My children, the weather, the dog have all turned on me. In my hour of need.
We are in the home stretch of my partner’s absence, and it’s as if the universe is collapsing, just in time for my partner to swoop in and pick up the pieces. Which is completely unfair, since I have been a champion for the last two weeks: making all meals (mostly from scratch); getting my children to and from school and activities with no assistance; sticking to a schedule and getting to bed most nights at a reasonable hour; more or less keeping my house clean, including doing the dishes on an almost daily basis. You know, tasks that are normal for you but Herculean for me. And the thing is, I have enjoyed it. I am finding purpose in pedestrian productivity.
But in the last few days, I suppose the stress has caught up with us all. I have had some visuals and a feeling that my blood is vibrating. The condensation on the inside of the greenhouse has turned my tomato seedlings’ tropical paradise into a refrigerator. The dog leaves me a shitty gift on the doormat every single morning and then expects me to feed her before all others. My eldest refuses to wear a coat because the weight of it prevents her from taking flight at recess, or something.
And the biggest stain on my successful run as a lone parent: On Saturday, my youngest jumped off a trampoline and landed on her forehead. Can’t quite figure out how she managed it because there is a safety net encircling the trampoline. I suppose I should be writing about the pointlessness of safety nets—literal and figurative. Anyway, she couldn’t have helped it, and it really was quite scary for all of us—a concussion, no matter how mild, is never delightful. But the worst part was her insistence that her injury was more severe than it was. It was like she was hoping for the worst-case scenario, claiming symptoms that she expected would land her in the hospital. She reminded me of me. And frankly, that scares me.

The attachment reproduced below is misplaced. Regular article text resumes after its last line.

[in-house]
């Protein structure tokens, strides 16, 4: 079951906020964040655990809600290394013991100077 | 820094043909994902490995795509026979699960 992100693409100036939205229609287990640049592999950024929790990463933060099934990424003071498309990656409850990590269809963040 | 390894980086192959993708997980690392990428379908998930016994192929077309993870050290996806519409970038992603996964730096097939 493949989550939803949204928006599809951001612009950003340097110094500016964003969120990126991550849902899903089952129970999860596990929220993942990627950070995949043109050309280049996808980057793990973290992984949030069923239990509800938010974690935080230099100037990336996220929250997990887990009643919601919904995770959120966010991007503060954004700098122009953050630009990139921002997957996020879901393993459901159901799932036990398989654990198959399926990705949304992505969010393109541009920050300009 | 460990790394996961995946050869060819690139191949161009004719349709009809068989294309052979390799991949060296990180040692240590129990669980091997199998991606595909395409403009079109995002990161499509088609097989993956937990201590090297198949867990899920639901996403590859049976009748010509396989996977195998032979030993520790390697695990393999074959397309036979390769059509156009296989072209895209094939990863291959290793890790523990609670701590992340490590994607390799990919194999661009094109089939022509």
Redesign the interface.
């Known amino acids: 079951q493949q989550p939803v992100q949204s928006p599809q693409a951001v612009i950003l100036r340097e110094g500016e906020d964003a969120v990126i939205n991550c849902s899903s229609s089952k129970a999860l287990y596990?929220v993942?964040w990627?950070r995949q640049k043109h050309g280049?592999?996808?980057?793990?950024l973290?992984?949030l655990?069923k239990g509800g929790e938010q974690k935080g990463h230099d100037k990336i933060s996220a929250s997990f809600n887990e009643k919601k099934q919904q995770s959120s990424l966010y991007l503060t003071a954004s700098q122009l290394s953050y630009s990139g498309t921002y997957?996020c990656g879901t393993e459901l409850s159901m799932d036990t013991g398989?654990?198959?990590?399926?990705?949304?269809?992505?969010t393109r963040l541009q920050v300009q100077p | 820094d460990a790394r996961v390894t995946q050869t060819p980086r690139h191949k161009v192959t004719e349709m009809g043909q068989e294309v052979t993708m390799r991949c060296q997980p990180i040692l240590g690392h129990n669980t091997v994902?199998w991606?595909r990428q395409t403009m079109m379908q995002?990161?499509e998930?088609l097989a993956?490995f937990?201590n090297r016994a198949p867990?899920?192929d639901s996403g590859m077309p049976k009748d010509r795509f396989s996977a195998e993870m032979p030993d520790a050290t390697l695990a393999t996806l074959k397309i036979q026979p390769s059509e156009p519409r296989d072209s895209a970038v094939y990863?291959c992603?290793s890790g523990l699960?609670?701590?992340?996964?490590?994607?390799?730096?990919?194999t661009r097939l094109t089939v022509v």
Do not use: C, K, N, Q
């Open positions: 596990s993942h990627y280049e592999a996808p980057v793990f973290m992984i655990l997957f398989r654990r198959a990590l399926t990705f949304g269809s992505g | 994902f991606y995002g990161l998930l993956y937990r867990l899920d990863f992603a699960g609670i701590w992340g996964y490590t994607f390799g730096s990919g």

But the faultiness of safety nets and the heritability of parental flaws is not under discussion today.
It is the revolt—of human, beast, and nature—the high stakes conspiracy that the universe has orchestrated for my edification—that is the subject of my thoughts. And the fact that I am still standing and even laughing about it, planning to get on with my housework as soon as I rattle this off, is a testament to the fact that I am winning. This long, slow recovery from breakdown—now in its fifth year—may very well be shifting into a new gear, the pace of life becoming more delightfully challenging. I am buzzing with excitement. I have in mind an image of a world-weary woman standing on a hilltop in a thunderstorm, face and arms lifted, laughing hysterically, and challenging the lightning to strike.
That old saying that the universe gives us only what we can handle? It’s true.